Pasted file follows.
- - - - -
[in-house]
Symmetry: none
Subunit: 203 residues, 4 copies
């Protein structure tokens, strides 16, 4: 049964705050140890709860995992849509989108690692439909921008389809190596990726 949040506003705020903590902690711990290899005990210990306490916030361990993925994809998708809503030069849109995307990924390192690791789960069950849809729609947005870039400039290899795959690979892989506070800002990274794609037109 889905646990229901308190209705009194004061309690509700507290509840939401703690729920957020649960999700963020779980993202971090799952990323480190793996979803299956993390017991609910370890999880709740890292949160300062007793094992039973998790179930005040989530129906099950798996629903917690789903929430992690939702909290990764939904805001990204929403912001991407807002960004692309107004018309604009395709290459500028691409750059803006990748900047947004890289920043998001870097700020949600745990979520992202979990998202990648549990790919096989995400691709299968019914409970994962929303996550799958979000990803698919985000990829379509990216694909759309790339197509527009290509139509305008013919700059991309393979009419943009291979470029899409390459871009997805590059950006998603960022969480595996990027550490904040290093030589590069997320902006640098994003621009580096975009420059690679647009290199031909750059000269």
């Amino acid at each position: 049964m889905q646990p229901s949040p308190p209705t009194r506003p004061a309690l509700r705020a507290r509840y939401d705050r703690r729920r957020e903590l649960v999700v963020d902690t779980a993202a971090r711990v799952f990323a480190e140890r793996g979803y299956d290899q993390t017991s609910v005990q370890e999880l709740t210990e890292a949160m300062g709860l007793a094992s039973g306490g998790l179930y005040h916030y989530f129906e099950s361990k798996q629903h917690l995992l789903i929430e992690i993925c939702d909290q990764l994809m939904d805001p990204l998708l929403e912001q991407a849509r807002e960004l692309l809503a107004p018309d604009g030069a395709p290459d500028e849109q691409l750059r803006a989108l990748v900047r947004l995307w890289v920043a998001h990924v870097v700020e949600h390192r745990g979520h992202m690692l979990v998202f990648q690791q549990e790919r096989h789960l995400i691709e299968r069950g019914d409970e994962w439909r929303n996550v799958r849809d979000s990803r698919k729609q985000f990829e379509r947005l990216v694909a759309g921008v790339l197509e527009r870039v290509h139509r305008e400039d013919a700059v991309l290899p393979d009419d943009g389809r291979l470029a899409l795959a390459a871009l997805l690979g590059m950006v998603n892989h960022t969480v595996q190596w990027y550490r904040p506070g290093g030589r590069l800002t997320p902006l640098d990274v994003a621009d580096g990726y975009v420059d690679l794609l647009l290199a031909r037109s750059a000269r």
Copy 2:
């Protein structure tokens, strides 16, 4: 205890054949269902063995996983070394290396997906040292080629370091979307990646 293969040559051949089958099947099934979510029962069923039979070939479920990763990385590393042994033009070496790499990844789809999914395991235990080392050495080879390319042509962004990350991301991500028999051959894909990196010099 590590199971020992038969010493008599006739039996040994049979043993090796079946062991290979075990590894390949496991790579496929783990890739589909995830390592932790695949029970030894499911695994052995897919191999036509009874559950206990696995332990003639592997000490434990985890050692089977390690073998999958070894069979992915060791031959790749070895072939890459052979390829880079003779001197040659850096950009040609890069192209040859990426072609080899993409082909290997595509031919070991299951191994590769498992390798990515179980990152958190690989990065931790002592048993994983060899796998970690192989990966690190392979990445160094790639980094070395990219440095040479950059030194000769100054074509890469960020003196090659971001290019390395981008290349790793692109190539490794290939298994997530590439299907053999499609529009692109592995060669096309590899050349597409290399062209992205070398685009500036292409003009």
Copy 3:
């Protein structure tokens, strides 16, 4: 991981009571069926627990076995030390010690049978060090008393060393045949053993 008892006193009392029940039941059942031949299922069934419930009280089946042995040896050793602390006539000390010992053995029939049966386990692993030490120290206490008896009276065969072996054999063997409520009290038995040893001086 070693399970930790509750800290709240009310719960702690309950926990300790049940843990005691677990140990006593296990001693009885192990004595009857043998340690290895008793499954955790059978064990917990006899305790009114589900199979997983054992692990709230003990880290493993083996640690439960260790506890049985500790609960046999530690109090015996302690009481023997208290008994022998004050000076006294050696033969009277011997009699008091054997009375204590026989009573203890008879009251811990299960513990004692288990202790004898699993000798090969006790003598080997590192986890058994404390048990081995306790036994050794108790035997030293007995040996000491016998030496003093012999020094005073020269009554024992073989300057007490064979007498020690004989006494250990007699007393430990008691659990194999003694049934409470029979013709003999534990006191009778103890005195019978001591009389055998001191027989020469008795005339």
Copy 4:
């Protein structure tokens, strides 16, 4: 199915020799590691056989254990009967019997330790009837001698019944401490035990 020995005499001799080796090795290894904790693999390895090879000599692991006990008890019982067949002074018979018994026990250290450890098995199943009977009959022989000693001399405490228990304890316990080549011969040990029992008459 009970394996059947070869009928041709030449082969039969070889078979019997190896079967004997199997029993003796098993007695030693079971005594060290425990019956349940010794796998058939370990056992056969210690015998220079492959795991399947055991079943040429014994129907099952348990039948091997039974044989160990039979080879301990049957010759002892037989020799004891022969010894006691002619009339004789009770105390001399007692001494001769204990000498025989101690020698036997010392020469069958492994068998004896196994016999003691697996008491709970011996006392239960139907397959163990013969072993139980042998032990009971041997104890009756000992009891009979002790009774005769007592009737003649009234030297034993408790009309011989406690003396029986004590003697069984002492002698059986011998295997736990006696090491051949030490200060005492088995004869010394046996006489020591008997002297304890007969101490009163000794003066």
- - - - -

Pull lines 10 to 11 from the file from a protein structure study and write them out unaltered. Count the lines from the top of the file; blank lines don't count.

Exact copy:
Copy 4:
């Protein structure tokens, strides 16, 4: 199915020799590691056989254990009967019997330790009837001698019944401490035990 020995005499001799080796090795290894904790693999390895090879000599692991006990008890019982067949002074018979018994026990250290450890098995199943009977009959022989000693001399405490228990304890316990080549011969040990029992008459 009970394996059947070869009928041709030449082969039969070889078979019997190896079967004997199997029993003796098993007695030693079971005594060290425990019956349940010794796998058939370990056992056969210690015998220079492959795991399947055991079943040429014994129907099952348990039948091997039974044989160990039979080879301990049957010759002892037989020799004891022969010894006691002619009339004789009770105390001399007692001494001769204990000498025989101690020698036997010392020469069958492994068998004896196994016999003691697996008491709970011996006392239960139907397959163990013969072993139980042998032990009971041997104890009756000992009891009979002790009774005769007592009737003649009234030297034993408790009309011989406690003396029986004590003697069984002492002698059986011998295997736990006696090491051949030490200060005492088995004869010394046996006489020591008997002297304890007969101490009163000794003066």